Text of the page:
The Philosophy of Mind remains the only sourcebook of primary readings offering in-depth coverage of both historical works and contemporary controversies in philosophy of mind. This second edition provides expanded treatment of classical as well as current topics, with many additional readings and a new section on mental content. The writers included range from Aristotle, Descartes, and William James to such leading contemporary thinkers as Noam Chomsky, Paul and Patricia Churchland, and Jaegwon Kim. The 83 selections provide a thorough survey of five areas of enduring controversy: the mind-body problem, mental causation, mental content, innatism and modularity, and associationism and connectionism. Each section includes an introductory overview of the topic by the editors as well as suggestions for further reading.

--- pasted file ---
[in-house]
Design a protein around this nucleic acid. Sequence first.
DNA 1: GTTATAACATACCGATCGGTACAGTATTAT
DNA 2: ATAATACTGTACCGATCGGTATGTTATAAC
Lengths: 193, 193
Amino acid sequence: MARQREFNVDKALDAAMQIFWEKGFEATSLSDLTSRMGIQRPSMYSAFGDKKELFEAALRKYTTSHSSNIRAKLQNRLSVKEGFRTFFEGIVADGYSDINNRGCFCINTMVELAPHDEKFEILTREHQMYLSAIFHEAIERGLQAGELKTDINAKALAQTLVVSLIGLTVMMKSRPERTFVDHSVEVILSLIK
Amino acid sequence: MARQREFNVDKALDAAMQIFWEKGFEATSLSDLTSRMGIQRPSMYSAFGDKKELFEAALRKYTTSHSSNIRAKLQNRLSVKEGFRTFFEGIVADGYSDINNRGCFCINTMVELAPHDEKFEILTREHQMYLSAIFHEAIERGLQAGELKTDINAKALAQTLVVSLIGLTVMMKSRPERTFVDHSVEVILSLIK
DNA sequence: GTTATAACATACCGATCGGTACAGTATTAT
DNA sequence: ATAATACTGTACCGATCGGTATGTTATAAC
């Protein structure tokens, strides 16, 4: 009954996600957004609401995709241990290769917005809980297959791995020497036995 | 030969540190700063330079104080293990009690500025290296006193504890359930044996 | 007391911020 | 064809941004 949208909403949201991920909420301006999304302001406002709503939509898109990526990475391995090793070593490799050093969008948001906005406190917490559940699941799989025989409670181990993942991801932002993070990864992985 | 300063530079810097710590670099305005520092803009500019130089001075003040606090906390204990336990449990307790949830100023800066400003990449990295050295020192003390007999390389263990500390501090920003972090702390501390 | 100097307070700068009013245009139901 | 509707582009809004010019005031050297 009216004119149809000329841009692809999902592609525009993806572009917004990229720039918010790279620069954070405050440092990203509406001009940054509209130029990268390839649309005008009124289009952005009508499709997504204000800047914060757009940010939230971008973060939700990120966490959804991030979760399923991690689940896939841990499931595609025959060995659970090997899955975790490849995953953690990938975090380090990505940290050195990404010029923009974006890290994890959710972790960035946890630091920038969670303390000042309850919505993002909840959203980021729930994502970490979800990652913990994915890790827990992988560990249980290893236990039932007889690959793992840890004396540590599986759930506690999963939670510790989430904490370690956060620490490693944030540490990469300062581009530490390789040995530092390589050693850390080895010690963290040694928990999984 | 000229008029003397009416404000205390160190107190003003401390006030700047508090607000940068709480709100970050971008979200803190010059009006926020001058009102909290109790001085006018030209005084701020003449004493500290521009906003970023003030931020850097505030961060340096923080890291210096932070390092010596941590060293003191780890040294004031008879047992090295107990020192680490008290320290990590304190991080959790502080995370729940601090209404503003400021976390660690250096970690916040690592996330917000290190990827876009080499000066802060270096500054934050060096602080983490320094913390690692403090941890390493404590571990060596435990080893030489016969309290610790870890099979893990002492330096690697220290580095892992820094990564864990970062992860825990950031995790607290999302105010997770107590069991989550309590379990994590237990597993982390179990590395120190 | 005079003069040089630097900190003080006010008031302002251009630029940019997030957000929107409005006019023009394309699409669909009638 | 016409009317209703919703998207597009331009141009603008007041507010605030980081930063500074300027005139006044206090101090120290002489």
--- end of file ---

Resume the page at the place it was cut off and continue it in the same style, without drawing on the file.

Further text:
The selections added for the second edition serve both to enhance historical coverage and to update contemporary issues, especially in areas of current empirical research such as connectionism and innatism. Changes to historical coverage include a wider array of readings on classic positions as well as neglected precursors to views often considered recent innovations. The section on the mind-body problem in particular has been greatly expanded, including numerous selections on consciousness and phenomenal qualities (qualia). The book is ideal for both undergraduate and graduate courses in philosophy and the history of psychology and will be useful both as a reference for researchers and a self-contained survey for the general reader.
About the Editors
Brian Beakley is Professor of Philosophy at Eastern Illinois University. He is the translator of Phenomenology by Jean-François Lyotard.
Peter Ludlow, Professor of Philosophy at the University of Toronto, is the author of Semantics, Tense, and Time: An Essay in the Metaphysics of Natural Language (MIT Press, 1999), among other books, and the editor of Crypto Anarchy, Cyberstates, and Pirate Utopias (MIT Press, 2001) and High Noon on the Electronic Frontier (MIT Press, 1996).